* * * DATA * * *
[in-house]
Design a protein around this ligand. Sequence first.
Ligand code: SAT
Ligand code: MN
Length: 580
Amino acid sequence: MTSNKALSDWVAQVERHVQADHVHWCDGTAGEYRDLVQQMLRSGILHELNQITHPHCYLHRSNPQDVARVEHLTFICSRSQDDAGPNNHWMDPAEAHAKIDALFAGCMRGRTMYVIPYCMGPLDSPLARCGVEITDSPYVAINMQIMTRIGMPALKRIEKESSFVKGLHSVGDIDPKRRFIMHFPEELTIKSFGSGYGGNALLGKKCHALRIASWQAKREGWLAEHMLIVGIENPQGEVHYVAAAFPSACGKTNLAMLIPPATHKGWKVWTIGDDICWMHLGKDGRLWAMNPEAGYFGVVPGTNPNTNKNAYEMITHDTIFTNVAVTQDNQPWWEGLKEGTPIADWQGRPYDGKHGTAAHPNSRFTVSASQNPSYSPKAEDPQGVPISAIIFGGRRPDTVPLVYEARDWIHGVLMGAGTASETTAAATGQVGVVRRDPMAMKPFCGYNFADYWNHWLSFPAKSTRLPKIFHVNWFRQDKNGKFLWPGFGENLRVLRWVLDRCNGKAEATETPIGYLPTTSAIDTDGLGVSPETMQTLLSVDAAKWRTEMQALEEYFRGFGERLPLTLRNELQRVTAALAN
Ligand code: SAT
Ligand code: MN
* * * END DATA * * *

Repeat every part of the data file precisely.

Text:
[in-house]
Design a protein around this ligand. Sequence first.
Ligand code: SAT
Ligand code: MN
Length: 580
Amino acid sequence: MTSNKALSDWVAQVERHVQADHVHWCDGTAGEYRDLVQQMLRSGILHELNQITHPHCYLHRSNPQDVARVEHLTFICSRSQDDAGPNNHWMDPAEAHAKIDALFAGCMRGRTMYVIPYCMGPLDSPLARCGVEITDSPYVAINMQIMTRIGMPALKRIEKESSFVKGLHSVGDIDPKRRFIMHFPEELTIKSFGSGYGGNALLGKKCHALRIASWQAKREGWLAEHMLIVGIENPQGEVHYVAAAFPSACGKTNLAMLIPPATHKGWKVWTIGDDICWMHLGKDGRLWAMNPEAGYFGVVPGTNPNTNKNAYEMITHDTIFTNVAVTQDNQPWWEGLKEGTPIADWQGRPYDGKHGTAAHPNSRFTVSASQNPSYSPKAEDPQGVPISAIIFGGRRPDTVPLVYEARDWIHGVLMGAGTASETTAAATGQVGVVRRDPMAMKPFCGYNFADYWNHWLSFPAKSTRLPKIFHVNWFRQDKNGKFLWPGFGENLRVLRWVLDRCNGKAEATETPIGYLPTTSAIDTDGLGVSPETMQTLLSVDAAKWRTEMQALEEYFRGFGERLPLTLRNELQRVTAALAN
Ligand code: SAT
Ligand code: MN